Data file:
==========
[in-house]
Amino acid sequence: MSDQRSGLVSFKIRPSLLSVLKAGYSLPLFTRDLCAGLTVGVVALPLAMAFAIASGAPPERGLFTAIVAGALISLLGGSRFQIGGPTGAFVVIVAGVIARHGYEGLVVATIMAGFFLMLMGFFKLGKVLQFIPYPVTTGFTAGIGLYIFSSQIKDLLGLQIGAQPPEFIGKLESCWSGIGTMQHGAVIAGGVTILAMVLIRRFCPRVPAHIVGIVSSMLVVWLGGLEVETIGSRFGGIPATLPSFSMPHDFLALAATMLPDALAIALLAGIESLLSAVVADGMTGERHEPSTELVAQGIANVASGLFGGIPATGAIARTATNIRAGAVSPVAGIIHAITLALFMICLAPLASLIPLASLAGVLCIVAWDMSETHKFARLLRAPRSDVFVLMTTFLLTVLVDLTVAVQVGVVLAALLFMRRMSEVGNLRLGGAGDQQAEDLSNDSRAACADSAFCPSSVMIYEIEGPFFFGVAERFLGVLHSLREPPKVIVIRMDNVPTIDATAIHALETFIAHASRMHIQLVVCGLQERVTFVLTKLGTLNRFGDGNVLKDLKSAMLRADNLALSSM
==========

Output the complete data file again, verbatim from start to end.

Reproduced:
[in-house]
Amino acid sequence: MSDQRSGLVSFKIRPSLLSVLKAGYSLPLFTRDLCAGLTVGVVALPLAMAFAIASGAPPERGLFTAIVAGALISLLGGSRFQIGGPTGAFVVIVAGVIARHGYEGLVVATIMAGFFLMLMGFFKLGKVLQFIPYPVTTGFTAGIGLYIFSSQIKDLLGLQIGAQPPEFIGKLESCWSGIGTMQHGAVIAGGVTILAMVLIRRFCPRVPAHIVGIVSSMLVVWLGGLEVETIGSRFGGIPATLPSFSMPHDFLALAATMLPDALAIALLAGIESLLSAVVADGMTGERHEPSTELVAQGIANVASGLFGGIPATGAIARTATNIRAGAVSPVAGIIHAITLALFMICLAPLASLIPLASLAGVLCIVAWDMSETHKFARLLRAPRSDVFVLMTTFLLTVLVDLTVAVQVGVVLAALLFMRRMSEVGNLRLGGAGDQQAEDLSNDSRAACADSAFCPSSVMIYEIEGPFFFGVAERFLGVLHSLREPPKVIVIRMDNVPTIDATAIHALETFIAHASRMHIQLVVCGLQERVTFVLTKLGTLNRFGDGNVLKDLKSAMLRADNLALSSM